Pictures Remain of Bishop Who Resigned in Sex Abuse Case

Charleston Post Courier [Charleston SC]
Downloaded March 21, 2004

KNOXVILLE, TENN.--Two years after a Roman Catholic bishop resigned in disgrace, admitting he inappropriately touched at least two teenagers when he headed a Missouri seminary, his pictures still adorn the halls of his former diocese in Knoxville.

"We have a Catholic population, frankly, that thinks the man is a saint -- a sinner turned saint," said Susan Vance, a former nun and teacher who is working with two other mothers to have all images of the Rev. Anthony J. O'Connell removed.

Vance, whose son attends Knoxville Catholic High School where O'Connell's portrait hangs in a hallway beside the aging photographs of other clergy, blames the leadership of the Diocese of Knoxville, which serves 51,000 Catholics in 44 parishes across eastern Tennessee.

"They have not really bothered to say to the Catholic people, 'Wait a minute, this man molested children,' " she said.

The Rev. Vann Johnston, chancellor for the diocese, said retaining O'Connell's portraits, pictures and a near life-size bust in the diocese's schools, youth ministry offices and the main office is not about forgiveness, but history.

The images "are purely a remembrance of our historical roots," he said.

"The parishioners realize how awful sexual abuse is, and it is especially sad and awful when someone who has been held in such high esteem has been involved," Johnston said.

Recent revelations of more than 10,000 abuse claims against nearly 4,400 Catholic priests from 1950 to 2002 have forced similar debates in other parishes. A priest's picture was removed from an Ohio high school, while an Iowa parish remade a stained glass window to erase a priest's name.

The O'Connell case varies from the others by degree. O'Connell, now 65, arrived from Missouri in 1988 to become Knoxville's founding bishop. He stayed 10 years and his pictures can be found throughout the diocese, not just in a single church. In 1998, he became bishop of Palm Beach, Fla., and is now its bishop emeritus.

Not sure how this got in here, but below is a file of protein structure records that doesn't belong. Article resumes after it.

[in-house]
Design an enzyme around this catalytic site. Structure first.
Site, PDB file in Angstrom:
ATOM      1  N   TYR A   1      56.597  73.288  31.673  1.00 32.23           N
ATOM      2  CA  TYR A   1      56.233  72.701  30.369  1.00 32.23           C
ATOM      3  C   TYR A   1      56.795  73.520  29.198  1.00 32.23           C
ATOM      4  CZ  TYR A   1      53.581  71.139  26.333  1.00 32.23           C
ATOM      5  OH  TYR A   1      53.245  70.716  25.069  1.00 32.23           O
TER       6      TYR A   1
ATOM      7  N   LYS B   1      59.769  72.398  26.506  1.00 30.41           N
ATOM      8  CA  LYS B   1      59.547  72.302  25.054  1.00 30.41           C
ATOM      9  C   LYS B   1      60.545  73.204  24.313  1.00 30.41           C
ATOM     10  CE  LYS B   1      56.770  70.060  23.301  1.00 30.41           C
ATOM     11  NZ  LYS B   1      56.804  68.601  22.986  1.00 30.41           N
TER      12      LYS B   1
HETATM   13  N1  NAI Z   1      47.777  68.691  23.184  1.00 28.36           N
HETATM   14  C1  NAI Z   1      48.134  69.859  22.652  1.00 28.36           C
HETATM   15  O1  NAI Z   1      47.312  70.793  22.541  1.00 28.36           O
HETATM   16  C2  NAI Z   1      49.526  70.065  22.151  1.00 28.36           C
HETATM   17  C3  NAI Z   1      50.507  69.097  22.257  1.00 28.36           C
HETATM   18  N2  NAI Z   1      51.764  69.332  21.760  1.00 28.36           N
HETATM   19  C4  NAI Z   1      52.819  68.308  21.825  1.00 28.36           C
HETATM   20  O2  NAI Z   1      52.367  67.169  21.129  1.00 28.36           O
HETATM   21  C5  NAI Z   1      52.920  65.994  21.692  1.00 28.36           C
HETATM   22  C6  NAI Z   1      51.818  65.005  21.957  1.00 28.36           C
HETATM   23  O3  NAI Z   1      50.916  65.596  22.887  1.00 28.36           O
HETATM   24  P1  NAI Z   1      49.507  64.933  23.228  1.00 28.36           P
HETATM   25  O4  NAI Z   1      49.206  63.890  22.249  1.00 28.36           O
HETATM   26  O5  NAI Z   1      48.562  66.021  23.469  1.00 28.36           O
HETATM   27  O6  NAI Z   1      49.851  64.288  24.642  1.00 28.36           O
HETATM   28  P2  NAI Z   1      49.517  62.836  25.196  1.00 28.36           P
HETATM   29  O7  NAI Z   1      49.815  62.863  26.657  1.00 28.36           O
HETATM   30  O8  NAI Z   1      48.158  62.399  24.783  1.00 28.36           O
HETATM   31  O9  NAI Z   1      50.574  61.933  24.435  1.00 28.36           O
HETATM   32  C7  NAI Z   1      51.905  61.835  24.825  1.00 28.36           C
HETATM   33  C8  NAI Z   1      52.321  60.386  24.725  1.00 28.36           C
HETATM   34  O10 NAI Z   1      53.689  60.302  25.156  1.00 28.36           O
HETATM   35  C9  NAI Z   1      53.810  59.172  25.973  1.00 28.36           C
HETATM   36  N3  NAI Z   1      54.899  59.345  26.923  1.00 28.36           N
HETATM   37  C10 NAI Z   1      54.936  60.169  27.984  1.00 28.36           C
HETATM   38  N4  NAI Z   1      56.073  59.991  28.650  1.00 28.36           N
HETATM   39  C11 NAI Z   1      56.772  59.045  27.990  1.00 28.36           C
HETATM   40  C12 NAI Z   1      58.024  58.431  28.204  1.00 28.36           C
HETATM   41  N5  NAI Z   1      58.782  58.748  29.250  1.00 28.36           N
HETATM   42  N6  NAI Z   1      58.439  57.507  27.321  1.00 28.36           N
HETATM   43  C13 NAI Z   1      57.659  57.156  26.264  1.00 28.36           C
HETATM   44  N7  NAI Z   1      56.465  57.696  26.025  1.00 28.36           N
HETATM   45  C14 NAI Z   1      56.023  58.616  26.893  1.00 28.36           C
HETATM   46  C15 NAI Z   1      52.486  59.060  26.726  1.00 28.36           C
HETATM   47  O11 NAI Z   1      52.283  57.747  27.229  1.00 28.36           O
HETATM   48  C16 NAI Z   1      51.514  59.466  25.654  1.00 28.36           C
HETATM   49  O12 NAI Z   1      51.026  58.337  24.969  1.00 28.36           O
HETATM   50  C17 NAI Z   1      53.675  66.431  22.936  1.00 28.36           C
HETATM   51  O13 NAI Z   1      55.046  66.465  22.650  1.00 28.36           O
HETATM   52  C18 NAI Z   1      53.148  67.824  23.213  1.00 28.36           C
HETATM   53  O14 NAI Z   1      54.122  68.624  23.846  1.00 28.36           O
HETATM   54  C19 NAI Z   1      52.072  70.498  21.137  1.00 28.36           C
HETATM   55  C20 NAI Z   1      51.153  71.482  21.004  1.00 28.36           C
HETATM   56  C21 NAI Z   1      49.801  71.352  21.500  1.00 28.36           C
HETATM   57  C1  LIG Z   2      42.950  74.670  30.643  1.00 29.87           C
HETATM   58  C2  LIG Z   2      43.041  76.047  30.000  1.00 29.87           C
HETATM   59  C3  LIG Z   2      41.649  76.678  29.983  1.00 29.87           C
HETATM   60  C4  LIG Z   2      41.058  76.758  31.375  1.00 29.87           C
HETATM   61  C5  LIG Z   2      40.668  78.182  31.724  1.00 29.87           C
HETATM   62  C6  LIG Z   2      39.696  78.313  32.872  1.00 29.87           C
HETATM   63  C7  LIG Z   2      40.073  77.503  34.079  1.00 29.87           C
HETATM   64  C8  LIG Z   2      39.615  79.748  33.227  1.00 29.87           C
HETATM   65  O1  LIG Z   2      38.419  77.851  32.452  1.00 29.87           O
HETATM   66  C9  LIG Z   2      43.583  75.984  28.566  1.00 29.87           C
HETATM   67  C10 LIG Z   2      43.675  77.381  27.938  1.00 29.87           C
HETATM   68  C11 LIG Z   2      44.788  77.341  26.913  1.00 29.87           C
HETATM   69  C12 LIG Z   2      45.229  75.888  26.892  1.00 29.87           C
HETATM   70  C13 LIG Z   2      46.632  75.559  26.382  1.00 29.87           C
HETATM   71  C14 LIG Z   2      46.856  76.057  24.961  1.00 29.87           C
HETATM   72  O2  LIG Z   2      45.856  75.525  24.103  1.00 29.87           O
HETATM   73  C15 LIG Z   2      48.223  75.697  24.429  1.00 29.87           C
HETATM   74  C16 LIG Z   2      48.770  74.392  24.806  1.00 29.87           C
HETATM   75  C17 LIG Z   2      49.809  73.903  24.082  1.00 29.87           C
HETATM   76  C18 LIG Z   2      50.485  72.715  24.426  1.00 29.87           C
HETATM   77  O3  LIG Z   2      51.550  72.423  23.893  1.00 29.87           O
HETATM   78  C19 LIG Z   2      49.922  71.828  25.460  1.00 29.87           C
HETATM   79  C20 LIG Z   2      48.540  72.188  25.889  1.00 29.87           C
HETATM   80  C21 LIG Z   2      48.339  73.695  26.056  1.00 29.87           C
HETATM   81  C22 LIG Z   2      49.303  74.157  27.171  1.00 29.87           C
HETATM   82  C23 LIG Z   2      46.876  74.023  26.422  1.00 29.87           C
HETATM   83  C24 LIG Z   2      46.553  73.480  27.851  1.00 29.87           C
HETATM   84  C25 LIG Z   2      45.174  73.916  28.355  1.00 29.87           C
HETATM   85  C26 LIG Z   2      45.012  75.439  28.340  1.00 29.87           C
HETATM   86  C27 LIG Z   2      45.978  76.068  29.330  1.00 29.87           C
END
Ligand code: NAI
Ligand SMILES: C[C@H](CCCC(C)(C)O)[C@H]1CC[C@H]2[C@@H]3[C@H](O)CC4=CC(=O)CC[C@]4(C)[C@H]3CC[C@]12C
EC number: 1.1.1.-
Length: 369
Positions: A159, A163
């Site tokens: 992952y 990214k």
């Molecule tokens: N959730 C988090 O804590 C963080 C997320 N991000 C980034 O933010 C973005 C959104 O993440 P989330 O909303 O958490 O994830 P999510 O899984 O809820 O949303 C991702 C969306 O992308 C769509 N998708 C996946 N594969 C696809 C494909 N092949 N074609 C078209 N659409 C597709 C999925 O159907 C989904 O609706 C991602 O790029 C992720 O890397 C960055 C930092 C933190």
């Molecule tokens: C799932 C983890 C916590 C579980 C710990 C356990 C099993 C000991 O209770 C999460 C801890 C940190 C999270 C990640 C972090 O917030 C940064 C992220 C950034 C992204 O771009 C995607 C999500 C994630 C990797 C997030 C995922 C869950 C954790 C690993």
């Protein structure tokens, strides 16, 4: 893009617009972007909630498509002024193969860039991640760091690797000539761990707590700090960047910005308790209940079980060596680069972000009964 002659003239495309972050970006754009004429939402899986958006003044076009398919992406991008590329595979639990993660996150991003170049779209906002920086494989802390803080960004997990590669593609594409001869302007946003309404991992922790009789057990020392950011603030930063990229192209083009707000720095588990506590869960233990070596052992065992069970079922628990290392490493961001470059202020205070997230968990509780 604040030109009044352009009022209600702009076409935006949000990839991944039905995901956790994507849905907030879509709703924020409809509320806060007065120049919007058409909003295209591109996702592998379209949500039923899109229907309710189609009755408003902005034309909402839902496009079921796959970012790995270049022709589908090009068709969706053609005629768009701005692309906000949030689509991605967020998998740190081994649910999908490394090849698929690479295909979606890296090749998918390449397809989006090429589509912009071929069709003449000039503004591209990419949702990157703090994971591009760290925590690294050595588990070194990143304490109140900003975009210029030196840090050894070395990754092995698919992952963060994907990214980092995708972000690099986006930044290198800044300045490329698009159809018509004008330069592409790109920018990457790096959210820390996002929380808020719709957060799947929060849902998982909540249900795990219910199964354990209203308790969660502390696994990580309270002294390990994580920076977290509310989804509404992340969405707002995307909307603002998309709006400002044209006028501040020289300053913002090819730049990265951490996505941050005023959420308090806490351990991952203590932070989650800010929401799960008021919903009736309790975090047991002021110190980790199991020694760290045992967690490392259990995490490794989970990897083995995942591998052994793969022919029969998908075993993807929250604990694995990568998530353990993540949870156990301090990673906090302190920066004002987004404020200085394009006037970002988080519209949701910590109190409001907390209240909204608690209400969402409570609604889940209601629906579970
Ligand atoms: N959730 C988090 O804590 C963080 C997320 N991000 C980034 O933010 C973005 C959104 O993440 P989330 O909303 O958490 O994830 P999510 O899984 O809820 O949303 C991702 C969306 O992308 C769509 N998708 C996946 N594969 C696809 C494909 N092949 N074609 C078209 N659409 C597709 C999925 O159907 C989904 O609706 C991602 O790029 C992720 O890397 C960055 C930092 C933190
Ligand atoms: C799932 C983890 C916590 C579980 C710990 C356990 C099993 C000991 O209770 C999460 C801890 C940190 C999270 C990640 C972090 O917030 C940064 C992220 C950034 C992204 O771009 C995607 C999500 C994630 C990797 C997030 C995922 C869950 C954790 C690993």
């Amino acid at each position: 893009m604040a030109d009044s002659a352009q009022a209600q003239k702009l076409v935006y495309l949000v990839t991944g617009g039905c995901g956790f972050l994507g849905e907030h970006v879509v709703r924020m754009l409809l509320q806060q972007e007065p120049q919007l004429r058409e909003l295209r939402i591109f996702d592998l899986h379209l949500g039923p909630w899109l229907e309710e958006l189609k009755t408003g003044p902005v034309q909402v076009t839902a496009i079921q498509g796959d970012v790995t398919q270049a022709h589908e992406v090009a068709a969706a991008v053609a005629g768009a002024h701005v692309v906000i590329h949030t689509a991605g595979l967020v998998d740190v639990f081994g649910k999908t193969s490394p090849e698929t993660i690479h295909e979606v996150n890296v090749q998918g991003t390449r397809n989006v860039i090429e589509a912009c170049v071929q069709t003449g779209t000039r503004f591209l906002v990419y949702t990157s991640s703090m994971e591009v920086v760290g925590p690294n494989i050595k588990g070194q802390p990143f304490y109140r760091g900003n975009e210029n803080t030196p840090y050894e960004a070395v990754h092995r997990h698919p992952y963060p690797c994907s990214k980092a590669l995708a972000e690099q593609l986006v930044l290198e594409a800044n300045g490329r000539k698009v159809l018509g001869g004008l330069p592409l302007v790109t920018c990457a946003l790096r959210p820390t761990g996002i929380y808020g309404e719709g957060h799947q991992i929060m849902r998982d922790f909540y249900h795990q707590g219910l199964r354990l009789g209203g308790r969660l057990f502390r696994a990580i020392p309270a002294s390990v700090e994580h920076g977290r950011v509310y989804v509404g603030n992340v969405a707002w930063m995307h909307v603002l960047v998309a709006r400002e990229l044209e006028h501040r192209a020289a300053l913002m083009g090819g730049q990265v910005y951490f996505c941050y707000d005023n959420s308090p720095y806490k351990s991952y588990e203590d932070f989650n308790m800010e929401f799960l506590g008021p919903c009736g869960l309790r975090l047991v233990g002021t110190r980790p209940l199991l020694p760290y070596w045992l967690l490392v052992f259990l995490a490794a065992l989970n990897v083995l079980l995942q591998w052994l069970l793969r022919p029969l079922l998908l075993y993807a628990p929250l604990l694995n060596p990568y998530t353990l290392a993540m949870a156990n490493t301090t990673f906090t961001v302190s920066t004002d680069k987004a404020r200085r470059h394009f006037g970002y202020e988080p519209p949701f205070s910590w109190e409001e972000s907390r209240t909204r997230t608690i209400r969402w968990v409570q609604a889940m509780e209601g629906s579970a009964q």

Unlike other accused priests, O'Connell confessed. He admitted, as he resigned in March 2002, that he sexually abused a former student through the pretext of "experiential" counseling while rector in the 1970s at the now-closed St. Thomas Aquinas Seminary in Hannibal, Mo.

O'Connell, who has been sued by three of possibly as many as 10 former seminary students who claimed he abused them, also admitted he could have had been involved with "one other person of a somewhat similar situation, in a somewhat similar time frame."

The former bishop, however, has refused to identify the second victim, saying it would violate his rights against self-incrimination, and his defense has relied heavily on the statute of limitations, said Pat Noaker, a St. Paul, Minn., attorney representing the victims.

"It wasn't one lapse. This is a predator," said Noaker, saying the alleged abuse went on for years and continued with two victims even as adults when they visited O'Connell in Knoxville.

O'Connell could not be located for comment.

Knoxville diocese's Johnston told The Associated Press to call the Diocese of Palm Beach for O'Connell's current address, but officials there would only say he was in "an undisclosed location."

Palm Beach took a different view of the archival importance of his photographs.

"We went through the same thing (as Knoxville) after he left," Palm Beach diocese spokesman Jim Brosemer said, "and there isn't a picture (of O'Connell) up anywhere to be seen around here."

Joseph Kurtz, Knoxville's current bishop, said in an October letter to the Survivors Network for those Abused by Priests that the ceiling of St. Paul's Basilica in Rome contains images of popes through the centuries, both good and bad.

"This practice in some of our schools is not an attempt to justify or honor what is dishonorable in the past history of the church but to acknowledge our roots," Kurtz wrote.

David Clohessy, Survivors Network for those Abused by Priests' national director, can't see the distinction.

"From our perspective, publicly honoring an admitted sex offender sends a very powerful, very chilling message to abuse victims," he said. "And actions speak louder than words."


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